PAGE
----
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The War Through Ground Glass: Photojournalists in Vietnam

Staff. Sgt. Joe Musial
Staff. Sgt. Joe Musial, pinned down by North Vietnamese Army (NVA) fire, looks back at a soldier killed in the opening salvo of the ambush. In the background is a seriously wounded soldier. The fight took place on the Bong Son plain of Vietnam’s central lowlands on February 14, 1967. Musial, known to all as Sgt. Rock, was part of D Co., 1st Battalion, 8th Cavalry Regiment, 1st Cavalry Division. Photo: Robert Hodierne

During the Vietnam War, photographers captured millions of images. One of the most recognizable depicted children scared and running after a napalm attack. The military permitted journalists to travel freely in the country, enabling them to document the realities of war. In our series Vietnam: Virginia Remembers, 88.9 WCVE’s Phil Liles has more on a local journalist who was there and the women who broke barriers during the conflict.

Learn More: See more of Robert Hodierne’s photos. Watch a Milwaukee PBS documentary about Dickie Chapelle. Listen to a CSPAN interview with Catherine Leroy and learn about her foundation Dotation ([email protected]). And see a Life by Leroy about her time in captivity with the North Vietnamese.

On Valentine’s Day 1967, 22 year old photographer Robert Hodierne was on the Bon Song Plain, in Vietnam. Like may photojournalists, he had two cameras around his neck, a Nikon F-35 and a Leica M2. When the troops he was with were ambushed with machine guns, Hodierne was positioned behind one of the fatalities. He captured Sergeant Joe Musial as he assessed his next move.

Robert Hodierne: The expression on his face means a lot to me, he’s perplexed, he’s concerned, but he doesn’t look scared.

Hodierne is now the Chair of the Journalism Department at the University of Richmond. For many years, he had a copy of that photo titled “Ambush” on the wall.

Hodierne: When people would ask why? I would say, no matter how bad things get around here at least nobody is shooting at me.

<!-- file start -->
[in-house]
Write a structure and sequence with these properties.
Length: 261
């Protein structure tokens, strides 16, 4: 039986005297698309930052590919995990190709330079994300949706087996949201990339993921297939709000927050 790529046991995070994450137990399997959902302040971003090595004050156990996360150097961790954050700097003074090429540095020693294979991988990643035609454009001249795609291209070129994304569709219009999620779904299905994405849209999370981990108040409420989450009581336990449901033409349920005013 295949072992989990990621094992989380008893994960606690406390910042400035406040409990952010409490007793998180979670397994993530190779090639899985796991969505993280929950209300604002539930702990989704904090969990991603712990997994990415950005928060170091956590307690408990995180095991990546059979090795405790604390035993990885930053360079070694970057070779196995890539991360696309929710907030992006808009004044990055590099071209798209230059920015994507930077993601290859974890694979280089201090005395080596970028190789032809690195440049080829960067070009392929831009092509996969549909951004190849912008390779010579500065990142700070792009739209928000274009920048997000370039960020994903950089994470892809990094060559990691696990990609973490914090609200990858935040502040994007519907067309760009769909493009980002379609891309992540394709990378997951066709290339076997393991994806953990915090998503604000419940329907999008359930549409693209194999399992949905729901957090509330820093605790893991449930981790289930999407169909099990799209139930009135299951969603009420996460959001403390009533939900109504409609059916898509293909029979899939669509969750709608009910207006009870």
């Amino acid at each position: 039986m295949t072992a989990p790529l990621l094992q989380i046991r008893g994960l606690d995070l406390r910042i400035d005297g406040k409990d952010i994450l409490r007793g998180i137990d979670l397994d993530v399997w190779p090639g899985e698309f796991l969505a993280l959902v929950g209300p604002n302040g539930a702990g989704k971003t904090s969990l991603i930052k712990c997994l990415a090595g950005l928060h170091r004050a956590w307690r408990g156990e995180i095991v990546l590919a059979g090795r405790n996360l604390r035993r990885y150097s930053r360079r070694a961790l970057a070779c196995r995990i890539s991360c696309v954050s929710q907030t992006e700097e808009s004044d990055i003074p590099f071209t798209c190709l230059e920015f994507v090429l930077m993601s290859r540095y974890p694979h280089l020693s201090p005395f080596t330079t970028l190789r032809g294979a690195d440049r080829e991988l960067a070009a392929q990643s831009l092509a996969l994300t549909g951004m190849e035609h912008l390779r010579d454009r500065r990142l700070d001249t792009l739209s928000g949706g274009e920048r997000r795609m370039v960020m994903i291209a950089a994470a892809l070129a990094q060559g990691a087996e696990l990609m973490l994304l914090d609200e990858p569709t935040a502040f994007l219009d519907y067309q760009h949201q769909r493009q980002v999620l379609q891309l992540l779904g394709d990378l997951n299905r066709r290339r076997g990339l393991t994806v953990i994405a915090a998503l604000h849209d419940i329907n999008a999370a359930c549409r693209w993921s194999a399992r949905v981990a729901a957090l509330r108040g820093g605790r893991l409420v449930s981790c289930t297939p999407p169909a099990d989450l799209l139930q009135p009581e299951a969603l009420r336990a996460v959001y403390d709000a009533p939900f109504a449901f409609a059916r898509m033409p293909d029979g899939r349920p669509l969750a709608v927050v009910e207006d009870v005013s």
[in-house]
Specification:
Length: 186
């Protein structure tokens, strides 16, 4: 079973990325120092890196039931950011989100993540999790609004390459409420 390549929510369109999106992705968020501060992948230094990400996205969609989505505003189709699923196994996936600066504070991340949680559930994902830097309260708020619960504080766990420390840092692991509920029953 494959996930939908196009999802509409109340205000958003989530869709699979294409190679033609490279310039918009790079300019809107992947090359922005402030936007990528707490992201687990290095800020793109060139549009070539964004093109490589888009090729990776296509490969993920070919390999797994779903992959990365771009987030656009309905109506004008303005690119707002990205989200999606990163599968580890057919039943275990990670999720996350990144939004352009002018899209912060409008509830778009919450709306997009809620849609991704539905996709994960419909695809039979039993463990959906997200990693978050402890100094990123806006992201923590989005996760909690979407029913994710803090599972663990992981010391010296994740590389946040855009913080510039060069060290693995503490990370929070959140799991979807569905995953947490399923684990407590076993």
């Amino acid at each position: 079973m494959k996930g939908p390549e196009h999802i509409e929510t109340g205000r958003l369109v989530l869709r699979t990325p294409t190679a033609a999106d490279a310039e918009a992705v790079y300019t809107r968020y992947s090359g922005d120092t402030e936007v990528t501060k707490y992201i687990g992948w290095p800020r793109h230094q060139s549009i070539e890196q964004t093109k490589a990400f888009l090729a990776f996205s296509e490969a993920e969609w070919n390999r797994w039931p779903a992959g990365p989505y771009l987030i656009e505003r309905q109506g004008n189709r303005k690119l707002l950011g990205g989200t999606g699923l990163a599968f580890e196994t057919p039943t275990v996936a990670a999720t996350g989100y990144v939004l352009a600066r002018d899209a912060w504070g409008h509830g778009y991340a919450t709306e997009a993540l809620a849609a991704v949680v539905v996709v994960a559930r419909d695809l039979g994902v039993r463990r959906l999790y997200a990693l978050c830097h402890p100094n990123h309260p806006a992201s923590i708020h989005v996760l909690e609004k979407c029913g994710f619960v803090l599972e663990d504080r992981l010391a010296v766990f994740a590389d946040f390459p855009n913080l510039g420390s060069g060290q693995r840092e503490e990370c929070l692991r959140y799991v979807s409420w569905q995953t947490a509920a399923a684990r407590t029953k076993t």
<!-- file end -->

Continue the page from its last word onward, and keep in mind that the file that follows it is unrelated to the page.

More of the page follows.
An older sergeant, fatigued from a run across open field, ignored advice to stay down because of snipers and was shot in head. Here he lies on a paddy dike moments after he was hit. The soldiers were from the 1st Cavalry Division. The fighting took place in the central lowlands of South Vietnam in 1967. (Photo: Robert Hodierne)

Hodierne later enlisted in the Army and worked for The Stars and Stripes. In addition to the violence of the front lines, he captured everyday life for soldiers and the impact of the conflict on Vietnamese citizens. A series of photos were taken after troops burned a village to the ground, following the death of several soldiers.

Hodierne: This is Vietnamese woman trying to throw dirt on the burning roof of her house, trying to put the fire out. In the background, I believe that is her son, he was about ten or twelve years old at the time.

A Vietnamese woman throws dirt on a house that had been set afire by troopers from C Co., 1st Battalion, 8th Cavalry Regiment, 1st Cavalry Division. The soldiers set fire to the village of Lieu An on the Bong Son plain during Operation Pershing. The night before the soldiers had been in a firefight at the village. As the soldiers approached in the morning they tripped mines. Three soldiers were wounded and one was killed. (Photo: Robert Hodierne)

Over the years, during lectures and presentations, people would ask Hodierne, “were you ever scared?”

Hodierne: The answer to that question is no! I really wasn’t while I was taking pictures, there is something about looking at the world through ground glass, just enough distance, just enough unreality.